The Hole

At six o’clock on Saturday evening in SoHo, Kathy Grayson and Meghan Coleman made public their intent to fill the hole that Jeffrey Deitch‘s trans-continental career move created in the world of New York art, which is no small undertaking. The two former directors of Deitch Projects opened a much anticipated new space at 104 Greene Street, aptly titled The Hole. The inaugural exhibition, Not Quite Open for Business, was directed by Taylor McKimens and showcases unfinished works by over twenty artists, including Nate Lowman and Rosson Crow.

When their originally planned exhibition fell through mere weeks before the scheduled opening, Grayson and Coleman decided to make the best of what others might deem an impossible situation. They solicited their artists to “Give us an incomplete piece…Give us a drawing that you just cant bring yourself to finish from your flat files. Put half your makeup on and give us most of a performance!” In a press release littered with intentional “typoos,” Grayson and Coleman clarify that this is not about the process of the artist, or the deliberate incompletion of work, but about “being caught with your pants down and your lipstick smudged and your armpits sweaty because you didn’t have time to take a shower before YOUR FIRST GALLERY SHOW.” A personal and self-deprecating tone replaced the more traditional formality of this document. The opening was a straightforward and unpretentious debut for Grayson and Coleman, making up in energy what it lacked in polish.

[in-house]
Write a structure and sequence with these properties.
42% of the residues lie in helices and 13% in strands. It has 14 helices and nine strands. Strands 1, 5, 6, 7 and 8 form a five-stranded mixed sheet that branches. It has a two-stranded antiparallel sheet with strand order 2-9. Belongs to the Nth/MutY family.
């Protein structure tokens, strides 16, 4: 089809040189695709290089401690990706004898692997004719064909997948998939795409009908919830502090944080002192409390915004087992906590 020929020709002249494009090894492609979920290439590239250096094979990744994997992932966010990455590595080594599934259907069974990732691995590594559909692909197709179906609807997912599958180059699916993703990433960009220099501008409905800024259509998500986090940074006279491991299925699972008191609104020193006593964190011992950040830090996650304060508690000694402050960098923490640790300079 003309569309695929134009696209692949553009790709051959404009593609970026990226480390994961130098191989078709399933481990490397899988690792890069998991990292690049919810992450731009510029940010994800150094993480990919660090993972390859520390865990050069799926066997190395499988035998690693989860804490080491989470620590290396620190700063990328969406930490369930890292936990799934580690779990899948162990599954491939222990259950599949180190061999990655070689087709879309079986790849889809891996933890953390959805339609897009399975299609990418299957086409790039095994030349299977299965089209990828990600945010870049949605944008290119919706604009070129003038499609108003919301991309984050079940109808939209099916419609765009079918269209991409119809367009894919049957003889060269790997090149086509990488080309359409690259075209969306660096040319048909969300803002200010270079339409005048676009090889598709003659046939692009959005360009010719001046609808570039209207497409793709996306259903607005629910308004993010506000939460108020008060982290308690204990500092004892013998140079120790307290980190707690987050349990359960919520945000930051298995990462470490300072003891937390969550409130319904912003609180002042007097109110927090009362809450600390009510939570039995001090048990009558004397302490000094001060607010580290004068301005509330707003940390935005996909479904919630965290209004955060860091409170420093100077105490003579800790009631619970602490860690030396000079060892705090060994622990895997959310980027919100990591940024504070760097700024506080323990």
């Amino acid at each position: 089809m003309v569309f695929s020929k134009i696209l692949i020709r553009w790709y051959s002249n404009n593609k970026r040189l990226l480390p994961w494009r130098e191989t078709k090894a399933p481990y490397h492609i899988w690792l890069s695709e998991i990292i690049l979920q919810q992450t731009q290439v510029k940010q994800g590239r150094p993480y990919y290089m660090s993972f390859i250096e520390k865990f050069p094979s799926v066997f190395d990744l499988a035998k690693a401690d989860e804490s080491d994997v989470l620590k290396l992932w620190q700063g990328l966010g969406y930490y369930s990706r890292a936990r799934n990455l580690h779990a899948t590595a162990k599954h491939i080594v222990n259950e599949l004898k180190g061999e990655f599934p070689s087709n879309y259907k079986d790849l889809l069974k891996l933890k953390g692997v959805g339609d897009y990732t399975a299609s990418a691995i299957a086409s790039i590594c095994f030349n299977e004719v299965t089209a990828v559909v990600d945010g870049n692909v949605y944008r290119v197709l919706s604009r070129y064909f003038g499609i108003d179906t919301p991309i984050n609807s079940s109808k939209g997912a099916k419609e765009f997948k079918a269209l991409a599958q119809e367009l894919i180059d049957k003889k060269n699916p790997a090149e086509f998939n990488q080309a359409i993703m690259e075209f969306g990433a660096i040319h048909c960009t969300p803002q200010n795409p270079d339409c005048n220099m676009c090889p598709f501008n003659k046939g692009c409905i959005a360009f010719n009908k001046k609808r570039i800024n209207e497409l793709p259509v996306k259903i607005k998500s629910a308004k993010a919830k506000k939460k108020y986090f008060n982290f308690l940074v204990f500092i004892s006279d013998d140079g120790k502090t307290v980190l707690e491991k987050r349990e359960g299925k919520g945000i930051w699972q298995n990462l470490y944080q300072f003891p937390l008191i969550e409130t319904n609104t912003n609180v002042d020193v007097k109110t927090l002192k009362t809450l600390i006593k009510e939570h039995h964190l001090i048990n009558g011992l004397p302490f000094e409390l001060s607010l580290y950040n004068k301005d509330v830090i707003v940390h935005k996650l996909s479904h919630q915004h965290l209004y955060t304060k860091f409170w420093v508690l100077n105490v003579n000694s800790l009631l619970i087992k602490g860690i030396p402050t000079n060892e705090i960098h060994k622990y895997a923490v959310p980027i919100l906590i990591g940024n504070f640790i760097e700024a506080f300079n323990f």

The unfinished theme pervades, and the space resembles a construction site overtaken by creatives. Painted scrap lumber, an industrial ladder, bare studs and unfinished sheetrock share the space with art. Works on paper are mounted with thumbtacks. A half painted logo contributes to the the display’s impromptu, work-in-progress quality, disarming the viewer and generating unlimited interest in future progress.

Not Quite Open for Business will remain on view until August 14th. As mentioned in a Wall Street Journal article written by Erica Orden, upcoming exhibitions include a solo show by Mat Brinkman and an installation by Kenny Scharf and the collective Dearraindrop. Other projects in the plans for The Hole include a book store in the back room of the gallery, Holey Books, and a dating service for artists, purportedly titled Hole Lotta Love. We’ll keep you posted.


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